Volunteer Assistant University of Alabama at Birmingham
NOTE: Coach Polk is the author of the best selling baseball instructional text of all time, get your Baseball Playbook now!
Remember the old Abbott and Costello Baseball routine? You know the one... "Who's on First"? Miscommunication at its funniest! But, when you're on the baseball field, there's nothing funny about being confused. A good baseball signs and signal system allows a Coach to communicate quickly and effectively with his athletes. What makes for effective baseball signals? (So glad you asked!) That's what Coach Ron Polk of Mississippi State will tell you in this video series. First rule: Keep it simple. The simplest thing for you to do right now is to watch Coach Polk as he offers up humor and reality in discussing effective baseball signs and signals systems.
The Coach, that's who. Players depend on the Coach to know the game - inside and out. That's why a coach has to develop baseball signs and signals that feel comfortable - that allow players to respond without being distracted. Coach Polk offers up humor and reality in this introduction to baseball offensive signal systems.
Don't know? Then your baseball signs and signals may be too complicated. The key is to keep it simple. Start with a sign that says "Pay Attention" and then develop the baseball signs and signals that your athletes can quickly recognize and act on.
If your athletes don't know, then they've forgotten their responsibilities in the game. It's not just a game of watching for the right sign. Players have a responsibility to know the "no-brainers" of the game - and the confidence to make the call.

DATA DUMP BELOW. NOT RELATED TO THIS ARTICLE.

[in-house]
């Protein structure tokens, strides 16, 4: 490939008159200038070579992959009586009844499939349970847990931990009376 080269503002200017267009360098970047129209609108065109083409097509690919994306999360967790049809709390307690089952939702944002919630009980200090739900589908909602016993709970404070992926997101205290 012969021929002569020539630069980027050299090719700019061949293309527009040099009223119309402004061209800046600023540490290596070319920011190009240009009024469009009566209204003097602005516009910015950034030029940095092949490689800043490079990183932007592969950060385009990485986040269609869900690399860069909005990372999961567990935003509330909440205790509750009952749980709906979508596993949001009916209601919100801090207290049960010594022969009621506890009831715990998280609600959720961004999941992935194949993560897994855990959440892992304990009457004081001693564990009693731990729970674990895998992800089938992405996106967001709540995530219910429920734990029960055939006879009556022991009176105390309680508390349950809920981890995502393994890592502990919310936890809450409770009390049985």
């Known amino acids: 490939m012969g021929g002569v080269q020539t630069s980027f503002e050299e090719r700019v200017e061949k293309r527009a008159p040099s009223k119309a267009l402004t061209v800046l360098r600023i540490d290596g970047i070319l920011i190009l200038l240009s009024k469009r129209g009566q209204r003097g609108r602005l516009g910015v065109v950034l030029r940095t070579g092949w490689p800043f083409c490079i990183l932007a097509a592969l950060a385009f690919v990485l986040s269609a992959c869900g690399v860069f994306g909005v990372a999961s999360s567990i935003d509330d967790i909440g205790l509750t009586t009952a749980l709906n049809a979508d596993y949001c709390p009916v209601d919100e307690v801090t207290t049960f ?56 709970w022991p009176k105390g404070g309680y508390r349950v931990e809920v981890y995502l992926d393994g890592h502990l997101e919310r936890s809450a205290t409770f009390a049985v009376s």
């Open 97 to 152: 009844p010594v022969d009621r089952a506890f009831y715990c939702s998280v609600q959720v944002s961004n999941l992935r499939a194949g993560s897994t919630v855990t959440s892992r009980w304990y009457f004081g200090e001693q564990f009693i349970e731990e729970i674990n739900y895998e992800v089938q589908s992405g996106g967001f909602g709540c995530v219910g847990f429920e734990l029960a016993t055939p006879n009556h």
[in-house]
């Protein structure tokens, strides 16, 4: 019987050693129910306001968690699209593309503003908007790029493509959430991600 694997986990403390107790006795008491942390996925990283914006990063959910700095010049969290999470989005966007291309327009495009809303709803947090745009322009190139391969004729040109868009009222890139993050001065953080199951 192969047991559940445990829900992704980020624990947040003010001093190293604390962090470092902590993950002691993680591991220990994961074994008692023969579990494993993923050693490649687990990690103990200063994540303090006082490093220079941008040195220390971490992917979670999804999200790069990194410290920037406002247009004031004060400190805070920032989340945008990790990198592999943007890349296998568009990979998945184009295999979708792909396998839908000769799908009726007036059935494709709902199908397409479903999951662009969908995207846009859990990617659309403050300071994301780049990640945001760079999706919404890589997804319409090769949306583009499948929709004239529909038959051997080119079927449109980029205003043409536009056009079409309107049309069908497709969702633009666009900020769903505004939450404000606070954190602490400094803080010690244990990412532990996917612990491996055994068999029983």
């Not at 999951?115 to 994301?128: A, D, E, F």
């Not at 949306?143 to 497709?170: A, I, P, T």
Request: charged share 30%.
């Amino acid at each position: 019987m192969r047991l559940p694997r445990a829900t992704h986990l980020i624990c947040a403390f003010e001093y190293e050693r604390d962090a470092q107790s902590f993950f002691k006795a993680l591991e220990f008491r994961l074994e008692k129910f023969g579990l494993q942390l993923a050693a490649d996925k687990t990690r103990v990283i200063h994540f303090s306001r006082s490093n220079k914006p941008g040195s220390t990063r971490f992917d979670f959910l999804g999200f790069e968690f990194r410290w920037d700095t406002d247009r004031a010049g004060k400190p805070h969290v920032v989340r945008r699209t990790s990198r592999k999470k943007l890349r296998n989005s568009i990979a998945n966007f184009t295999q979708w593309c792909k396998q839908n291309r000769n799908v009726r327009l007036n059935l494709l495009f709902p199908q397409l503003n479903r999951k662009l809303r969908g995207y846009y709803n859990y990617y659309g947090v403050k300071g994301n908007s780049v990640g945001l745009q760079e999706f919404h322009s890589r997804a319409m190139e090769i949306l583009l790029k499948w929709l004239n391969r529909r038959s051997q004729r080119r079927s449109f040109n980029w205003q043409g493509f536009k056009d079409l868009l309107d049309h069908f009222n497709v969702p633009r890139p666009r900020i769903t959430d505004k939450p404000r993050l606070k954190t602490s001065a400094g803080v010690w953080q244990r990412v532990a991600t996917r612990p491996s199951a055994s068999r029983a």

That's not just the shortstop's name.... it's exactly what players will think if a coach's signals cause confusion more than giving direction. Coach Polk gives some tips on how to keep signals to a minimum while keeping communication at a maximum.
Well, you're right. He was - because there was too much chatter and no communication. Here's some sound advice on making baseball signs and signals changes without making players "batty".
Early in the count. No jump. No go. The steal is on. Don't leave your batter asking who, what, or feeling like he doesn't know the plan. Coach Polk goes through the options and related baseball signals that will keep the batter swinging...or not... depends on the signal.
(Okay, so I ran out of Abbott-and-Costello-ish titles.) It's 2 and 0. You want the Hit and Run. Got to take the "Steal" off and put the "Hit and Run" on. Coach demonstrates the "take sign" and discusses ways to minimize excessive signaling so that players stay focused and alert.
Wow! Look at those hands go! It looks so complicated! Ha! Most of those moves are meaningless. Coach explains which signals mean action - and how to use signals to "misdirect" the opposition.